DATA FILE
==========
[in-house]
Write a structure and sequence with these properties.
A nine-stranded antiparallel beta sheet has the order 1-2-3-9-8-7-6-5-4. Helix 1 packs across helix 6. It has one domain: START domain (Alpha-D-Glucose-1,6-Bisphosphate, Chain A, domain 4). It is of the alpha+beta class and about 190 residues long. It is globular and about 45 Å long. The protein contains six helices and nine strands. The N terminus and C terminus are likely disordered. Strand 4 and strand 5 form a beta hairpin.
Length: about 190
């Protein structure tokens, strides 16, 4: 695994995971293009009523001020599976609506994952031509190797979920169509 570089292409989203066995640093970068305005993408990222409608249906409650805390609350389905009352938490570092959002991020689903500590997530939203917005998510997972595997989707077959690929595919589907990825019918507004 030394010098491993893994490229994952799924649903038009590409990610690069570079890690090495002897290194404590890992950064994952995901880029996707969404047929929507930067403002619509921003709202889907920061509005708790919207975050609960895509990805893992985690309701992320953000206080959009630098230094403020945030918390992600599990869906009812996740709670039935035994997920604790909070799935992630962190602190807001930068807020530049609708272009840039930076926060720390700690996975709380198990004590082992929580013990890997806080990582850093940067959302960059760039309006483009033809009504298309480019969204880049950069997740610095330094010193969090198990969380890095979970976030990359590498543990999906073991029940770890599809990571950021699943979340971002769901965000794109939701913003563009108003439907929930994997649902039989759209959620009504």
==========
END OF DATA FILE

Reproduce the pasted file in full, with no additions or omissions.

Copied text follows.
[in-house]
Write a structure and sequence with these properties.
A nine-stranded antiparallel beta sheet has the order 1-2-3-9-8-7-6-5-4. Helix 1 packs across helix 6. It has one domain: START domain (Alpha-D-Glucose-1,6-Bisphosphate, Chain A, domain 4). It is of the alpha+beta class and about 190 residues long. It is globular and about 45 Å long. The protein contains six helices and nine strands. The N terminus and C terminus are likely disordered. Strand 4 and strand 5 form a beta hairpin.
Length: about 190
């Protein structure tokens, strides 16, 4: 695994995971293009009523001020599976609506994952031509190797979920169509 570089292409989203066995640093970068305005993408990222409608249906409650805390609350389905009352938490570092959002991020689903500590997530939203917005998510997972595997989707077959690929595919589907990825019918507004 030394010098491993893994490229994952799924649903038009590409990610690069570079890690090495002897290194404590890992950064994952995901880029996707969404047929929507930067403002619509921003709202889907920061509005708790919207975050609960895509990805893992985690309701992320953000206080959009630098230094403020945030918390992600599990869906009812996740709670039935035994997920604790909070799935992630962190602190807001930068807020530049609708272009840039930076926060720390700690996975709380198990004590082992929580013990890997806080990582850093940067959302960059760039309006483009033809009504298309480019969204880049950069997740610095330094010193969090198990969380890095979970976030990359590498543990999906073991029940770890599809990571950021699943979340971002769901965000794109939701913003563009108003439907929930994997649902039989759209959620009504």